Since the dawn of air travel there have been both rapid advancements in technology and its use in shuttling people and their parcels further, faster, and safer than was once thought humanly possible. There is also a seemingly ironic avoidance of using the same such technology toward assuring such precious cargo reaches its final destination on time and in one piece.
That said, and in the age of fold’em or hold’em (or, alternatively, merge’em), airlines and airports are facing increasing scrutiny from regulators as well as fliers when it comes to ensuring that air travel remains affordable and as minimally monopolistic as possible.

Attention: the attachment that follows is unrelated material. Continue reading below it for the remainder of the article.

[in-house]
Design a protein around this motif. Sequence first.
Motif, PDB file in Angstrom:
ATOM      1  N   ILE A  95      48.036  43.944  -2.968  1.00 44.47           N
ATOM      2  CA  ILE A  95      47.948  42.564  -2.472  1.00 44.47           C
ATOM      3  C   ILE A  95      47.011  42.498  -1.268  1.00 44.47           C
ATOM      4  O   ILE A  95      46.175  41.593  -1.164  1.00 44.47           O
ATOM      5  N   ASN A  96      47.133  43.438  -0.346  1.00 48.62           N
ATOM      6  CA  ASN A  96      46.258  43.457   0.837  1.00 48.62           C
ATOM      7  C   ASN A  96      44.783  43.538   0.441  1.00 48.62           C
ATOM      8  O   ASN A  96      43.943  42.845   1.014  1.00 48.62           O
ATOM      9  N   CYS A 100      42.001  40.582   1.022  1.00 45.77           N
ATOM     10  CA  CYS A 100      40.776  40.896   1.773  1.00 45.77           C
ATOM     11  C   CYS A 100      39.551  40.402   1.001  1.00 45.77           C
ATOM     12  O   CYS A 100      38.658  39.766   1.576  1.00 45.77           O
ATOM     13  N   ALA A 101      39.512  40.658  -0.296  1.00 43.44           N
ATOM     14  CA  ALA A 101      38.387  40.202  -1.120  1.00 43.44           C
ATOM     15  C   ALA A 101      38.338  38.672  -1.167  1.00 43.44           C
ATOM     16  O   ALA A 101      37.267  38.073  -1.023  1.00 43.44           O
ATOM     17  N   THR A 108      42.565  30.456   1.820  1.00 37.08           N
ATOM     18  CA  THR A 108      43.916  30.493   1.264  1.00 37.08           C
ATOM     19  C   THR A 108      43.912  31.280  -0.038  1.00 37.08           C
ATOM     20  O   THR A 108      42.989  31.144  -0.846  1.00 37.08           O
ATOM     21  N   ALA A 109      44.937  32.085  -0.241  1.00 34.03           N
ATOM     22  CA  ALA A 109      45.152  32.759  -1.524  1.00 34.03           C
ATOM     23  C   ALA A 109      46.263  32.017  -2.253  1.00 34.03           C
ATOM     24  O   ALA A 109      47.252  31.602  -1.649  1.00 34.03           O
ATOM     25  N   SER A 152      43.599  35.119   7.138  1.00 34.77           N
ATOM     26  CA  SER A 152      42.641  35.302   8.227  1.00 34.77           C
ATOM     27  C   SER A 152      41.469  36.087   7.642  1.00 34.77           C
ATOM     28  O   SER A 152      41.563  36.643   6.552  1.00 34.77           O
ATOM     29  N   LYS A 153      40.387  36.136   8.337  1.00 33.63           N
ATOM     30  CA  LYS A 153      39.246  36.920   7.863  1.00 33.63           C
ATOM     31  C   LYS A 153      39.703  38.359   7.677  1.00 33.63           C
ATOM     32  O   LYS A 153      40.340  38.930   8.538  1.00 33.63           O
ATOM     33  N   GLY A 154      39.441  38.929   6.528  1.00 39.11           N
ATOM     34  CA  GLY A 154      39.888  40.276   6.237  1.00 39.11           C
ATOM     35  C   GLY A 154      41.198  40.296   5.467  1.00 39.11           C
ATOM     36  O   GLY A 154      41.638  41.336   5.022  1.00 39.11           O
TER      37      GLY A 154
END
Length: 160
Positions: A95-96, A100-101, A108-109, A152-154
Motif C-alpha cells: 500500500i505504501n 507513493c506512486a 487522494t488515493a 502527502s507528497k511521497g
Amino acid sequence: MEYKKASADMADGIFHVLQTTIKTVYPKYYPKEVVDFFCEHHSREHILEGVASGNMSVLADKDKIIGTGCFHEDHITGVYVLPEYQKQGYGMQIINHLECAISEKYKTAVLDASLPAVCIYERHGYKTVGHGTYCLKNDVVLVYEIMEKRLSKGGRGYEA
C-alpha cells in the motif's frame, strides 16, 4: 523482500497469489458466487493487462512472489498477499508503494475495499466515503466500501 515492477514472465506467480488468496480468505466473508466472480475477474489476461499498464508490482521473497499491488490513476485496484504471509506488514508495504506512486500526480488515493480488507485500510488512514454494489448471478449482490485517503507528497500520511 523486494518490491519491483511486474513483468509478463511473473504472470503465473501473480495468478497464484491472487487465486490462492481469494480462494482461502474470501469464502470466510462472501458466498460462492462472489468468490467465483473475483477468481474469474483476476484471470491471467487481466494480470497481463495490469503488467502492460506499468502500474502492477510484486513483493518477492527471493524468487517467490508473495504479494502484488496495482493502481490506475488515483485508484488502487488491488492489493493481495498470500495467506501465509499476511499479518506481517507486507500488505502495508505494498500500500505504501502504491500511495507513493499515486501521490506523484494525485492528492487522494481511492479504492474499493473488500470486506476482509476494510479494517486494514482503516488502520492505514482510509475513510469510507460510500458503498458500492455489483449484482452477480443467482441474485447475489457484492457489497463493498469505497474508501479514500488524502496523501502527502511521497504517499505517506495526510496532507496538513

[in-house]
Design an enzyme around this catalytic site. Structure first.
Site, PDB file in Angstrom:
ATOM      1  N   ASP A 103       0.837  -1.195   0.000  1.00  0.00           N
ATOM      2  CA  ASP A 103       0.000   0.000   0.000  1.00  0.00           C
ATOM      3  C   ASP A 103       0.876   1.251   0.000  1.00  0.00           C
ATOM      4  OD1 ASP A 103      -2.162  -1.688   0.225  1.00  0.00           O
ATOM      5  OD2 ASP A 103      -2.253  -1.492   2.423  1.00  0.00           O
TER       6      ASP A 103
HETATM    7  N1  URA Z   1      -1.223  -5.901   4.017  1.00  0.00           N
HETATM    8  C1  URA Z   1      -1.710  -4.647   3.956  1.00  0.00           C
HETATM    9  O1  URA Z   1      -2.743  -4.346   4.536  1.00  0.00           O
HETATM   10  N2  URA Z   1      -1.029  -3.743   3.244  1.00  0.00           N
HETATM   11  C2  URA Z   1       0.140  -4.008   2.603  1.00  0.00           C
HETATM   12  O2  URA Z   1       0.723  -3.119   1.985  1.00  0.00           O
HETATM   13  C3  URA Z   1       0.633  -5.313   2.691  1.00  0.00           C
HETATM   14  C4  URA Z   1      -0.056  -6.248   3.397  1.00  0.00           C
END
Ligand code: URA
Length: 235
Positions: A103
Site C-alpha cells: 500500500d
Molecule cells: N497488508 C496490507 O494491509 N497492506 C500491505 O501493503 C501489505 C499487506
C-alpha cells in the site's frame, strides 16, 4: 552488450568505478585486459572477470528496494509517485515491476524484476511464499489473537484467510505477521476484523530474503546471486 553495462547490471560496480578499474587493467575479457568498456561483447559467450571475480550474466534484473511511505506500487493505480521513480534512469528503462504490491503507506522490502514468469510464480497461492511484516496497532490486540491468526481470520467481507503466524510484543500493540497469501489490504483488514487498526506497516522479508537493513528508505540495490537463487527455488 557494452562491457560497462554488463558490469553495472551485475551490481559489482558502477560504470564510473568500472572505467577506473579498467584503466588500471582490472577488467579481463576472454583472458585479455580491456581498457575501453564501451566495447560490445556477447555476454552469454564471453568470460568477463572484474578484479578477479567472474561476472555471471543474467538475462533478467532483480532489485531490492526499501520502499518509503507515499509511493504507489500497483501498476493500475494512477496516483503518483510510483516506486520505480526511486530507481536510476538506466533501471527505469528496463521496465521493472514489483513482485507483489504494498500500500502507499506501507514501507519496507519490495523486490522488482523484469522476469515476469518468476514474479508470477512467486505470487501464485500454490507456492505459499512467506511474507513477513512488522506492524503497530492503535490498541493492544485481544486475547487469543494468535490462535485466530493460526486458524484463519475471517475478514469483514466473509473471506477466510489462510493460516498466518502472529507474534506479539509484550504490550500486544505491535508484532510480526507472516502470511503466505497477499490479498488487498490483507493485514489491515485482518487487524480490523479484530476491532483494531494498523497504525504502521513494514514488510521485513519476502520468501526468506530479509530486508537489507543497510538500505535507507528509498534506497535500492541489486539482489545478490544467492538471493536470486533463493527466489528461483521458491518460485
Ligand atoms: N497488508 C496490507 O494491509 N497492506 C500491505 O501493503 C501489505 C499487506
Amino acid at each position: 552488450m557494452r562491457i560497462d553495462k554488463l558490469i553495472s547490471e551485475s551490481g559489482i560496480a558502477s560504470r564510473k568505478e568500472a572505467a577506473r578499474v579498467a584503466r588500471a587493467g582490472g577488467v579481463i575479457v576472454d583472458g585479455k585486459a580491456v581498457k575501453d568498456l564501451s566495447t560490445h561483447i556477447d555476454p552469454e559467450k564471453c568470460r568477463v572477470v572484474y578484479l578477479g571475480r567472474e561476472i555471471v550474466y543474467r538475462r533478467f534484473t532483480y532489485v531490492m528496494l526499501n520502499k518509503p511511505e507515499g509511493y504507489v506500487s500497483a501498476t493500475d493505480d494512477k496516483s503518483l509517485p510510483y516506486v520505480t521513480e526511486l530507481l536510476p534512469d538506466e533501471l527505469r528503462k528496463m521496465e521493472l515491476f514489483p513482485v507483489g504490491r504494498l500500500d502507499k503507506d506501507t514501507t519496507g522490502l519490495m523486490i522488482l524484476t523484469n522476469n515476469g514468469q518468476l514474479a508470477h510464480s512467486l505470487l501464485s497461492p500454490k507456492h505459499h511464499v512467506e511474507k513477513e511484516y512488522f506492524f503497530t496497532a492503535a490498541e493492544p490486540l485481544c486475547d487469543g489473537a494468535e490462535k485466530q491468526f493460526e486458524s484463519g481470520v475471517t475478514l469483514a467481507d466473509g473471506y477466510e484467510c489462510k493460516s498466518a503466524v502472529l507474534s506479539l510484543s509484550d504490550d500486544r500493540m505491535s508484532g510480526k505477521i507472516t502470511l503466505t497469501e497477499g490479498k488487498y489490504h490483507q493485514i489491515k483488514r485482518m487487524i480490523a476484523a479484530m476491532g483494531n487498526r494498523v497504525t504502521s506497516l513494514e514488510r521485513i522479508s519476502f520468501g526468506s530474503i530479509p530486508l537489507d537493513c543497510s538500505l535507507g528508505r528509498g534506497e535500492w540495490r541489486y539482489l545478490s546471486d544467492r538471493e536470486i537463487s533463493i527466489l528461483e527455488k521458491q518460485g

Attend any number of business aviation (BizAv) conferences the world over and you are likely to find program schedules chock-a-block with reports on electric aircraft, blockchain measures at security gates, and more calls to innovate than you could imagine.
Alternatively, and perhaps of greater import, pick up any number of leading newspapers and you will simultaneously be met with headlines detailing the latest aviation disaster with subsequent calls for improved regulation around aircraft parts, pilot training, and flight data recording.